“A lot of it is denial. Denial applies to most people. It’s not on our radar that water problems can actually happen. What we really need to see is not just one place but the whole planet and how we need to work together. We’re not any different from those places we see having water problems now, they’re just in a different place than us,” says Yu.

Throughout the movie we see angry locals (who have a right to be angry), graphic Superfund sites and enough environmental catastrophes to make even the toughest stomach churn, but Last Call at the Oasis is also balanced with a hefty dose of scientific evidence. Yu says there is a lot of skepticism about losing access to water and the scientists featured in the film put themselves out on a limb being part of it.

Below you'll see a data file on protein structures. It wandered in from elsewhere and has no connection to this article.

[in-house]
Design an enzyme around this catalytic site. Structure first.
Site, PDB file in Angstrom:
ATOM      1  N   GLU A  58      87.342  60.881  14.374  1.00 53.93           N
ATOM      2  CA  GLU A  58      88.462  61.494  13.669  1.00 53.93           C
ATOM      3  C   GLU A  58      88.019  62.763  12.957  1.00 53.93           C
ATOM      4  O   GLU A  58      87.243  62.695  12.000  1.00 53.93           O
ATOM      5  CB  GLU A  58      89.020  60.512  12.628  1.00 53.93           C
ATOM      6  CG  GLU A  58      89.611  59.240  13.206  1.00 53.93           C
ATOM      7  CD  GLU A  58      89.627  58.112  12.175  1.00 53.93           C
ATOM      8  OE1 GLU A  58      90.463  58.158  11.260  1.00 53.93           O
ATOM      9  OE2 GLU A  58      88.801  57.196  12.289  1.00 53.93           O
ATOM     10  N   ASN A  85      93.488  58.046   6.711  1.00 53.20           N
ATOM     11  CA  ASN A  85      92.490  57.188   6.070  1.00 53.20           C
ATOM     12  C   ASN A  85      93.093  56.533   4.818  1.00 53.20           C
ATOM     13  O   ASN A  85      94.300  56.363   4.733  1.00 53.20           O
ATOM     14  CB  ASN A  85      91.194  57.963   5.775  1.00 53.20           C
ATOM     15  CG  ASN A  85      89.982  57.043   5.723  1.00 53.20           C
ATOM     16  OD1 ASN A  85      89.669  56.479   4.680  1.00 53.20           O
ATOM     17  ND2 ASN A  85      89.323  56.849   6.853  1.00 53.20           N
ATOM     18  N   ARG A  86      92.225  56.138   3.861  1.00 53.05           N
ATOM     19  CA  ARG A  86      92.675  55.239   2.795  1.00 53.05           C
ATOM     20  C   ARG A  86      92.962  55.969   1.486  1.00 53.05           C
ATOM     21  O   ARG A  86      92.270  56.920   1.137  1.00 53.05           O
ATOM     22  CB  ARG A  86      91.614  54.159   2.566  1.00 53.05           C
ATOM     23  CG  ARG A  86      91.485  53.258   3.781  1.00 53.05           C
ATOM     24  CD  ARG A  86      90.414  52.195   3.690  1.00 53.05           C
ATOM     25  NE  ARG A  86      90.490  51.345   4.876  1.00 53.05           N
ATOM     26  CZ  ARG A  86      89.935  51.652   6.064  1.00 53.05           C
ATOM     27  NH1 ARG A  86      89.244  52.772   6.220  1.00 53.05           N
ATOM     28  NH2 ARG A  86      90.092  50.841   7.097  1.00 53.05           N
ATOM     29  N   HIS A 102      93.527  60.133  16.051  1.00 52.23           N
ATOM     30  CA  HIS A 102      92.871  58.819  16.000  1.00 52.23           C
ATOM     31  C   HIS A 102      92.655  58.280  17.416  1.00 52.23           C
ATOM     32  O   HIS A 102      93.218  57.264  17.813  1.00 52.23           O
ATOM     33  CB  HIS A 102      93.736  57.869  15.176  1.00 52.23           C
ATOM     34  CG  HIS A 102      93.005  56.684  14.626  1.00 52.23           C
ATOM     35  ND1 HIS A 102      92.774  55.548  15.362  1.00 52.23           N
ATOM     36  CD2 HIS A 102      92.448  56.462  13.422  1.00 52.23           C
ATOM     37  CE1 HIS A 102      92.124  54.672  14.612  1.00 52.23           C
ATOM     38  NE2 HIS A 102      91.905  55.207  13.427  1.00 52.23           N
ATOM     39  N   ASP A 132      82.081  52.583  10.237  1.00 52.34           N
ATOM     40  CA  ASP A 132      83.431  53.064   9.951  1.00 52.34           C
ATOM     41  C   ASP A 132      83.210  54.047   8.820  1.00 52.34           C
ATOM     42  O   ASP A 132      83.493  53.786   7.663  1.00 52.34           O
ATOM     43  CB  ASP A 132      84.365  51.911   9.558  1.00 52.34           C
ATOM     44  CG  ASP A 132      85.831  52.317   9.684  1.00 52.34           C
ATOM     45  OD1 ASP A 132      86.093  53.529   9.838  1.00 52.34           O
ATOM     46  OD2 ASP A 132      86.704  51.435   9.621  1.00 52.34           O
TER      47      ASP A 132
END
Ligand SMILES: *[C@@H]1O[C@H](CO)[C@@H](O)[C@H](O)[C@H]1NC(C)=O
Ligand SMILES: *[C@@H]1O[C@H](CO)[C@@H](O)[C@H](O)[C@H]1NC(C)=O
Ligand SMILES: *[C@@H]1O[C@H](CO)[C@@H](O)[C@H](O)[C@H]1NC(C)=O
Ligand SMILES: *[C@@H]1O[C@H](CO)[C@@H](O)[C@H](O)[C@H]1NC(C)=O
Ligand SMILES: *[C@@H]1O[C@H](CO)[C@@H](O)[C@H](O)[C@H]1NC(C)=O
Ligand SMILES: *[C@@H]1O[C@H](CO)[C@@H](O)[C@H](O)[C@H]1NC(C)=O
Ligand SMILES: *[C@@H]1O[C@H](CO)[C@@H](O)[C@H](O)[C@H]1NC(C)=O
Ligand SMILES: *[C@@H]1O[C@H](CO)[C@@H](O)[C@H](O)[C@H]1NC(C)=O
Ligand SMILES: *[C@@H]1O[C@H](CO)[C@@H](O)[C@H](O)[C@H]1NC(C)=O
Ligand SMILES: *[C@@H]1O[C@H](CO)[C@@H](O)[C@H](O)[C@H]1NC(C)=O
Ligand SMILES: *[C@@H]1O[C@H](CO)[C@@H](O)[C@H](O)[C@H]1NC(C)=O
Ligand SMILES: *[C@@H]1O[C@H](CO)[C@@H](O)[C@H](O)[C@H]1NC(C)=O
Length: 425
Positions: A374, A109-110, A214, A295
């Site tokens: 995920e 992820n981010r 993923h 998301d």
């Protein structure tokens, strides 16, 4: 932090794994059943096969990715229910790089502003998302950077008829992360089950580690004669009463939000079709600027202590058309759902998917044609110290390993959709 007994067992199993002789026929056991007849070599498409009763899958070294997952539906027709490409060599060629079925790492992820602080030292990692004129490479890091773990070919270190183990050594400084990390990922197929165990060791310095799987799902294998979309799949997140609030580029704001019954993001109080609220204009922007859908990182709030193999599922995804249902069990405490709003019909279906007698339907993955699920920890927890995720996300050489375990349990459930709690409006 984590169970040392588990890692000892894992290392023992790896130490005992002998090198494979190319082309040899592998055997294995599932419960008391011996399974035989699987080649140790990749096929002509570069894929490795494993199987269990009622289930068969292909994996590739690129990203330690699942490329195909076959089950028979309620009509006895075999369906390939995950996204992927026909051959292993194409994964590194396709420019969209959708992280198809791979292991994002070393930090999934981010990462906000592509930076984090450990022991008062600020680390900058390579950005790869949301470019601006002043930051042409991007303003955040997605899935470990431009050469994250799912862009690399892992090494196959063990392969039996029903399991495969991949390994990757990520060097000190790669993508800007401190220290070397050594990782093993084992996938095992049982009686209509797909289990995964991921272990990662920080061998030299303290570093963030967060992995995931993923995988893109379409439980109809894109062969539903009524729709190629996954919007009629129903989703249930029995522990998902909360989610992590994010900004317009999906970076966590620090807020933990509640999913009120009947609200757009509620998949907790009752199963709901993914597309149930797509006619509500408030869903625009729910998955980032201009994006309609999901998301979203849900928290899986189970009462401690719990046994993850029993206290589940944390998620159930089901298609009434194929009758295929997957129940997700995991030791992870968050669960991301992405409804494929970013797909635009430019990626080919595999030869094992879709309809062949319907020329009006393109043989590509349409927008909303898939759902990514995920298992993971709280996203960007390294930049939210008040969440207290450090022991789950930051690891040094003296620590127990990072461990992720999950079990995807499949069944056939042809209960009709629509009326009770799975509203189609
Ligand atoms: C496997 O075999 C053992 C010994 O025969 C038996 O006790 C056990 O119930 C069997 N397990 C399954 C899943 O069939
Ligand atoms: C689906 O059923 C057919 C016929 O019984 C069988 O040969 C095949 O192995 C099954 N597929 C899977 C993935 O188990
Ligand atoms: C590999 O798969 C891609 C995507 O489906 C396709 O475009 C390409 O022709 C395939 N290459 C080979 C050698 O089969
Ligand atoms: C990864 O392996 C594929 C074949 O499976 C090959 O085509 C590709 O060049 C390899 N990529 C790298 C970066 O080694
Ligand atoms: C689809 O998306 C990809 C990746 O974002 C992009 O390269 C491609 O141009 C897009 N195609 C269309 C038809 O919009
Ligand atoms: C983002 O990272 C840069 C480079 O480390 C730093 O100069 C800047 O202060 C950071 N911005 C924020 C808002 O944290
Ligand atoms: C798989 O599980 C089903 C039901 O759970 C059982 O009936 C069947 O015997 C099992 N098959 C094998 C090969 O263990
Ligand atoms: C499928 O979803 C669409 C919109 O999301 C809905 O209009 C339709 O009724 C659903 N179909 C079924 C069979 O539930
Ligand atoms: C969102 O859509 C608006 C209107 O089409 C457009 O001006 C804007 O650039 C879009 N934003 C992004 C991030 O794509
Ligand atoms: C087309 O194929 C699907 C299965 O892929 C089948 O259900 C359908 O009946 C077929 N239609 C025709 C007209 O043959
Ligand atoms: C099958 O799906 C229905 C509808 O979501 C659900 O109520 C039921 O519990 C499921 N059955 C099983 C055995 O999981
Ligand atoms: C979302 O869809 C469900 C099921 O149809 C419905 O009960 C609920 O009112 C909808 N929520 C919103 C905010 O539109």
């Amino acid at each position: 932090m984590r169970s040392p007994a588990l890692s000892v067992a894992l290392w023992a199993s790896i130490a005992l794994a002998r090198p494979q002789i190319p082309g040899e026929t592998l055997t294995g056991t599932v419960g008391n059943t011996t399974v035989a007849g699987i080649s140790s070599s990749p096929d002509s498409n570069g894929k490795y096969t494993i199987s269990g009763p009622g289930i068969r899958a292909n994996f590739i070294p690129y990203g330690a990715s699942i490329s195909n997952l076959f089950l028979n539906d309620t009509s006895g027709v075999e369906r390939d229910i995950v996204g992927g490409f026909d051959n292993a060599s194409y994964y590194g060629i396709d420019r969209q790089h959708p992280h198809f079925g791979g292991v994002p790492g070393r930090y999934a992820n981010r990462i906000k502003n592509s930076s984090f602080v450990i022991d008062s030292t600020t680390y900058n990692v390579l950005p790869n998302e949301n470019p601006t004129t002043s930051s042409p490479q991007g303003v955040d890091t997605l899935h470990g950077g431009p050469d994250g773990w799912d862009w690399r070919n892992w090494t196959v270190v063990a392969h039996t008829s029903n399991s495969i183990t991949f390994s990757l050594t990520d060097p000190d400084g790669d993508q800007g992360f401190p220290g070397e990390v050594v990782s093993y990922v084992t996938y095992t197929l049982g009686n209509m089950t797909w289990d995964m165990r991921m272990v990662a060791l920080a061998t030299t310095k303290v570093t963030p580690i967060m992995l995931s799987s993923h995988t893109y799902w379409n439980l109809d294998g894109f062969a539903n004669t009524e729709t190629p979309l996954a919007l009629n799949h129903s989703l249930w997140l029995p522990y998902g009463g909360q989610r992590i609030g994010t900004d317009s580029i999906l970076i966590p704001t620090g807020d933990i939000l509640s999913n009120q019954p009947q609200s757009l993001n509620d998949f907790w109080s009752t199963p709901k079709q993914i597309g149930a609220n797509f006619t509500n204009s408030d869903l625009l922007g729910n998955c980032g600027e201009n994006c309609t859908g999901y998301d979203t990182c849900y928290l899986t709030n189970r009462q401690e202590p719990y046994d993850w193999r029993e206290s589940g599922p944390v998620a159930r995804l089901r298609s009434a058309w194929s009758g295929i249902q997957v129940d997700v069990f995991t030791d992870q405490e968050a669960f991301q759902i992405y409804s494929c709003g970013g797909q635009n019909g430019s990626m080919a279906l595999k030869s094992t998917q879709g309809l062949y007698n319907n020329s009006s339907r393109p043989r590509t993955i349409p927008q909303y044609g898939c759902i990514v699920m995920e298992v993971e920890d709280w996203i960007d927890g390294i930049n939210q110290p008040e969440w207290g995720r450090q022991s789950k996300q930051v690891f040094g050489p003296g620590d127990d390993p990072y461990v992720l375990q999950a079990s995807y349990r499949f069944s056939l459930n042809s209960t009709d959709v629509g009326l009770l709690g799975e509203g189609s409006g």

“Most scientists are trying to publish in academic journals but the scientists in this film are really speaking out and taking a chance at getting their message out. They don’t get a reward for this,” she adds.

Illuminating the vital role water plays in our lives, exposing the defects in the current system and depicting communities already struggling with its ill-effects, the film features activist Erin Brockovich and such distinguished experts as scientist Peter Gleick, best-selling author Alex Prud’homme, Jay Famiglietti, The director of the Center for Hydro­logic Modeling at the University of California, Irvine and author/professor, Robert Glennon.

In 2005, Las Vegas consumed around 190 gallons of water per person per day, according to the Western Resource Advocates group